Nor'easter dumps snow, knocks out power
(CNN) -- First it was Superstorm Sandy, then a nor'easter that whipped the U.S. Northeast, dumping snow and zapping power lines from Delaware to Maine.
The nor'easter was perched off Massachusetts on Thursday afternoon after dumping more than a foot of snow on parts of Connecticut and adding a new layer of misery for residents still struggling in the wake of Sandy.
"The main thing is we need heat and electricity," Christine Holland, a relief coordinator In Brooklyn's Gerritsen Beach neighborhood, told CNN. Holland appealed to plumbers, electricians and boiler mechanics to volunteer their help to residents, as well as counselors for people still dealing with the trauma of last week's storm.
Thursday's temperatures were in the mid-40s in much of the New York, New Jersey and Connecticut communities ravaged by Sandy, which killed 111 people in the region and knocked out power to millions.
"Just what New Jersey needs now," said Justin Page of Montclair, about 10 miles west of Manhattan. "We have lost power where we never had before, and the winds are picking up dramatically, which is disturbing the debris left from Sandy."
About 6 inches of snow fell by Thursday morning on Newark, where Mayor Cory Booker called it "Mother Nature's one-two punch."
"It's testing the resolve and the grit of my state and my city and, obviously, this region," Booker said on CNN's "Piers Morgan Tonight."
Power outages in New York and New Jersey rose from 607,000 customers Wednesday to 666,000 by early Thursday. New Jersey Gov. Chris Christie told reporters Thursday morning that the nor'easter was responsible for outages to 167,000 new customers. He praised utility workers who were trying to get the lights and heat back on.
"These men and women on the utility companies are working 16-hour days, every day," Christie said. "So I know that unless your power is turned on, that doesn't mean anything to you -- but I'm telling you, I've watched these people work. They were working last night through the snow."
The new storm crashed into the area barely a week after Sandy, which New York Gov. Andrew Cuomo said Thursday had inflicted $33 billion in damage to New York state and $50 billion to the region.
Freeport, along Long Island's southern coast, was one of the communities hit hard by the nor'easter. "This storm just made everything worse," Shanel Francis told CNN affiliate News 12. Sandy swamped her home with 4 feet of storm surge last week.
New York City Mayor Michael Bloomberg had urged residents in the city's low-lying areas -- especially Breezy Point, Hamilton Beach and Gerritsen Beach -- to "consider going someplace else" Wednesday night, "to be a little bit on the safe side."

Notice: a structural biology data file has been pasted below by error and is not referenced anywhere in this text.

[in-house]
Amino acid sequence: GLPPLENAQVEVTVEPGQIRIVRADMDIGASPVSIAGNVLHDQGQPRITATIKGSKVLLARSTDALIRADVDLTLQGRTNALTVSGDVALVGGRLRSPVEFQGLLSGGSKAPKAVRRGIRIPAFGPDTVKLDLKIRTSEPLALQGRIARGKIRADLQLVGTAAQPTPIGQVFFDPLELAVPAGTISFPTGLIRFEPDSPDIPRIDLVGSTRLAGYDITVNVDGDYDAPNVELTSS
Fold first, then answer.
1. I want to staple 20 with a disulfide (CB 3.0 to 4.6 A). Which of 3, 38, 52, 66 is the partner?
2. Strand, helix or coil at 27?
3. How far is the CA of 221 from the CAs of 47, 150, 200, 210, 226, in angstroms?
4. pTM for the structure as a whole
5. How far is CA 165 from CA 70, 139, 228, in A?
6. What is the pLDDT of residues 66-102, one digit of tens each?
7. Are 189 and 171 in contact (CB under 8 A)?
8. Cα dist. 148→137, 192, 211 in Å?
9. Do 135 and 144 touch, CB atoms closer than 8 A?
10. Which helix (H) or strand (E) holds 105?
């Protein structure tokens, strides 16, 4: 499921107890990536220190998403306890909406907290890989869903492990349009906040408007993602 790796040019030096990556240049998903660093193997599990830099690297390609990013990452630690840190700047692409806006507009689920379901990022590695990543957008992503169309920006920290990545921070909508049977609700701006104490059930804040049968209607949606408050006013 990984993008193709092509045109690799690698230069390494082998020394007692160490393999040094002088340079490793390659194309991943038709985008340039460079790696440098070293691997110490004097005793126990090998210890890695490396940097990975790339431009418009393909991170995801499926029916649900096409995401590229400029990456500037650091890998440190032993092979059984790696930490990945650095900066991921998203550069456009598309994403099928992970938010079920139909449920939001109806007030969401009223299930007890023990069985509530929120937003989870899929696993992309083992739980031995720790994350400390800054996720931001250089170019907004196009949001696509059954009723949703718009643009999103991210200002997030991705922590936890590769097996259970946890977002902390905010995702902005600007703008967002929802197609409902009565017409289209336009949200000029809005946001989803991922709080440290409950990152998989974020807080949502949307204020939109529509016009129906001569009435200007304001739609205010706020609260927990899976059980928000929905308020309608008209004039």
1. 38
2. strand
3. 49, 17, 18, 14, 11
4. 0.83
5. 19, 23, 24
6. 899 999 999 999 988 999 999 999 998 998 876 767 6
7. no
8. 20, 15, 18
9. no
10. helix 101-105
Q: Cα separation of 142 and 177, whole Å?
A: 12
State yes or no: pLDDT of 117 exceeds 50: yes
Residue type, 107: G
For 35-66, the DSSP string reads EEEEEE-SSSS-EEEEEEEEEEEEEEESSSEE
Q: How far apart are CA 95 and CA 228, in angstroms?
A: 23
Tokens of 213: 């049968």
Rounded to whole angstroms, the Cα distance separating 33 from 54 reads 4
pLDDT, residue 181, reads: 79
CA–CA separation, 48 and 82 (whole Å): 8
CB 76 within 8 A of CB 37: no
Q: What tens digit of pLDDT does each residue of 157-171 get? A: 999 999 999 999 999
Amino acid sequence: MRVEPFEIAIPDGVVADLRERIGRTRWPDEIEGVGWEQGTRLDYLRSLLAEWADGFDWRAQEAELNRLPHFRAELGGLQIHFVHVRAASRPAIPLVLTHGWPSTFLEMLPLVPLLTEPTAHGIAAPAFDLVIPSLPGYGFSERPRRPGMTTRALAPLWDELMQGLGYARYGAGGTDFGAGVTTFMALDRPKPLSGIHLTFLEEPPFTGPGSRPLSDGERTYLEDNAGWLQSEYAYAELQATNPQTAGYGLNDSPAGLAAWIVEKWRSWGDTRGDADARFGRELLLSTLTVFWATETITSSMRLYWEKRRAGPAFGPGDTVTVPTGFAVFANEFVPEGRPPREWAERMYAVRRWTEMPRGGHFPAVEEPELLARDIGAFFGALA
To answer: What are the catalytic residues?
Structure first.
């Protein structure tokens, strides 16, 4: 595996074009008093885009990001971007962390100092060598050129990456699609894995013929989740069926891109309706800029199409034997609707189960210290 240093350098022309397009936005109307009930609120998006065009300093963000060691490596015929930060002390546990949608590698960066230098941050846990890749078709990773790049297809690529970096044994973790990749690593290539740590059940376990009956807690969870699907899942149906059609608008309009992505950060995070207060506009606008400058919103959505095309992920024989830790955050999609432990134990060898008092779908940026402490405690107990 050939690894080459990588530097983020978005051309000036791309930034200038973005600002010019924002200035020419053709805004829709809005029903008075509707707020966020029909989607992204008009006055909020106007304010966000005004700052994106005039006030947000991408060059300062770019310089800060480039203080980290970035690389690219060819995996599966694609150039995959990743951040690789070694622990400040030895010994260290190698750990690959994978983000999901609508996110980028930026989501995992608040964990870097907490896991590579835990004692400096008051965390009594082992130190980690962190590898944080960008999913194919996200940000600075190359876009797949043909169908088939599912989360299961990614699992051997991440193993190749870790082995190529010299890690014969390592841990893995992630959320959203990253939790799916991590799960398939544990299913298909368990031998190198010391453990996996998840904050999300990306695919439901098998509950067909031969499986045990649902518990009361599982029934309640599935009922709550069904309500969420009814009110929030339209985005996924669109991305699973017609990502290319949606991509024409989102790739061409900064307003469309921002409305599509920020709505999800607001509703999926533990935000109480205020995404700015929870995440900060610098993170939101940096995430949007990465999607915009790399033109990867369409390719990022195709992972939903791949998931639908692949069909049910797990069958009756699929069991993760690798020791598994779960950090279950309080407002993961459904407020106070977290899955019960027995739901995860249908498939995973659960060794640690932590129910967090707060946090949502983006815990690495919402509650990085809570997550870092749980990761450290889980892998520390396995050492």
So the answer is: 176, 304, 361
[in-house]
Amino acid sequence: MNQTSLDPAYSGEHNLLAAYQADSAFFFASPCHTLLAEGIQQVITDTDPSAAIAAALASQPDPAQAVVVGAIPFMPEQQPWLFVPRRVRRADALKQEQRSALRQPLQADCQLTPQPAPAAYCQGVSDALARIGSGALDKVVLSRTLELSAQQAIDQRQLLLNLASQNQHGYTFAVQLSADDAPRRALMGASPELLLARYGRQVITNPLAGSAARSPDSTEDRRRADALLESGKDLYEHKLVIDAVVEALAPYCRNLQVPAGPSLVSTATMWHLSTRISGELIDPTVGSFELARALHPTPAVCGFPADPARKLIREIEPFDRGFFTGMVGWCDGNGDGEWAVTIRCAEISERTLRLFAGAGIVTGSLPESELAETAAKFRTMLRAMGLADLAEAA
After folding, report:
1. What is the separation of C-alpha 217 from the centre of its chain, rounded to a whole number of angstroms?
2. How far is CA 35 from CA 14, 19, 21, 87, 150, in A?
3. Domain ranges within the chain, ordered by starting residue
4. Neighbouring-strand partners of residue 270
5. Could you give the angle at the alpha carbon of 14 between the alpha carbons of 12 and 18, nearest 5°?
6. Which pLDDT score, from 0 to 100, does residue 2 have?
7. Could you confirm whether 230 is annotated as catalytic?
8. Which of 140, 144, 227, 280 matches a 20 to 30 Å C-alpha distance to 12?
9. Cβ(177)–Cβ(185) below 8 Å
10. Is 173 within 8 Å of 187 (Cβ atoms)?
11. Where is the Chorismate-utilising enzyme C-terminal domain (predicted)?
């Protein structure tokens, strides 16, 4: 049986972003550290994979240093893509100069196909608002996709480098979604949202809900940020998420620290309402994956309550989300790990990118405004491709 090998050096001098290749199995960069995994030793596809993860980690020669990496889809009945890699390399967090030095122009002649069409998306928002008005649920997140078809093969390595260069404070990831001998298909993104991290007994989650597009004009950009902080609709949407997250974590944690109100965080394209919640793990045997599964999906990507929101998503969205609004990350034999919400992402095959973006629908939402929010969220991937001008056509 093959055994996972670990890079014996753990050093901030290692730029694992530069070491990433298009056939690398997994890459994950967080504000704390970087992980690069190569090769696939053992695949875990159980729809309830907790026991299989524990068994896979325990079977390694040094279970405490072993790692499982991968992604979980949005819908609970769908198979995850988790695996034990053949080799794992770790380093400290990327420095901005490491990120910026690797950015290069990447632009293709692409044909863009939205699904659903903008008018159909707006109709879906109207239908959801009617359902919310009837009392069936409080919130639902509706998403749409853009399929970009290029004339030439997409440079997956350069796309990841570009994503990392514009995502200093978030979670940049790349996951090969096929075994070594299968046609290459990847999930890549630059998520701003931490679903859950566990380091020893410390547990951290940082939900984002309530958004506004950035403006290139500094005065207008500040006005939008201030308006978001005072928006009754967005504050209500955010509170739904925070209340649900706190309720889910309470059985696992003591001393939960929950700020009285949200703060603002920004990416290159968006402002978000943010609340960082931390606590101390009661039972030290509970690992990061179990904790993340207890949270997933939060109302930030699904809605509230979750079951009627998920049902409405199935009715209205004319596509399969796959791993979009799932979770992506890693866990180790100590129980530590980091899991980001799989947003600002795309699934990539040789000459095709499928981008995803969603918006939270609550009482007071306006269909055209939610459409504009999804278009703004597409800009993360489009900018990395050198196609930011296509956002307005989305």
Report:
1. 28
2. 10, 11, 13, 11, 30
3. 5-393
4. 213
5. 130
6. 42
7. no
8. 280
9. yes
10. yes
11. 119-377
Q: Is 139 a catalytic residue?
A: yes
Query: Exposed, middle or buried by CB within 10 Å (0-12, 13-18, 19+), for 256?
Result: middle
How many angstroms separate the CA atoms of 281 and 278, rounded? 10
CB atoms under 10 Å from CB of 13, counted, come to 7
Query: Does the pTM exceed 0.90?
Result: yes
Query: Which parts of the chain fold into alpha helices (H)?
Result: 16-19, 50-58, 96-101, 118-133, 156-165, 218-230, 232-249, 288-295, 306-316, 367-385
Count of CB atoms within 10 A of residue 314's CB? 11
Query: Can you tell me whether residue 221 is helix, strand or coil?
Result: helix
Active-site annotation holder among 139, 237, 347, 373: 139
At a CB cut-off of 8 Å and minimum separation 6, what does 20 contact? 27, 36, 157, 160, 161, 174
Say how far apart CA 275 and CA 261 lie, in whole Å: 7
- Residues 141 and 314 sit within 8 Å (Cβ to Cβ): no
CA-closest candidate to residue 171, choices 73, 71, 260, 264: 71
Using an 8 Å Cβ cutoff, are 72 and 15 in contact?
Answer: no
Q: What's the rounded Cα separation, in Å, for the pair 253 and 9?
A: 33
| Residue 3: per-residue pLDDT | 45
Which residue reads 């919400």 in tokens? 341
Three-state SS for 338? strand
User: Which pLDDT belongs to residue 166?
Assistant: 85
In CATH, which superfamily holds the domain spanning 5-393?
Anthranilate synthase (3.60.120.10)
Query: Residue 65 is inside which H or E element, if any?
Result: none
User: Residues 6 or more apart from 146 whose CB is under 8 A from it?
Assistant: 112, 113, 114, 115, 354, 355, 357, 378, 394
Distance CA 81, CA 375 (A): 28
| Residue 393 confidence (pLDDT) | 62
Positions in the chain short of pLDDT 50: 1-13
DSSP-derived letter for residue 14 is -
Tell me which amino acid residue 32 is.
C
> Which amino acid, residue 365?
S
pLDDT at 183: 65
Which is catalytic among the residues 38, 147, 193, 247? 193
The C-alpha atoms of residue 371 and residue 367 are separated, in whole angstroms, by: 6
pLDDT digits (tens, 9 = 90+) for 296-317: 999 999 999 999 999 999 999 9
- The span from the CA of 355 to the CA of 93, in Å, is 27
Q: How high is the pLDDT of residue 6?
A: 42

But he issued no mandatory evacuation orders, other than for a handful of chronic-care facilities and an adult-care center in areas that were hit hard by Sandy.
"If people think you're crying wolf, the next time, when it's really a serious threat, they might not do it," the mayor said.
That was not the case in New Jersey, where the Brick Township Office of Emergency Management issued a mandatory evacuation order for all residents of low-lying waterfront areas of town.
More than a week after Sandy struck the Northeast, its death toll in New York City climbed to 41, as a 78-year-old man died Tuesday of injuries suffered in the storm, police said.
Despite the setbacks, there are signs the region is rebounding.
In New Jersey, more than three-fourths of the state's school systems were operating Wednesday, and 1,728 public schools were open in New York.
The PATH train between New Jersey and New York resumed limited service under the Hudson River on Tuesday, after being shut ahead of the storm.
Commuter traffic reopened Wednesday in the Holland Tunnel, where about 91,000 vehicles typically pass under the Hudson River between Manhattan and Jersey City, New Jersey.
Flights continued to be affected, and authorities advised air travelers to check with their carriers ahead of the storm.
"Airlines serving the Port Authority's major airports -- Newark Liberty International, John F. Kennedy International and LaGuardia -- have canceled all or a significant number of their flights" through Thursday morning.
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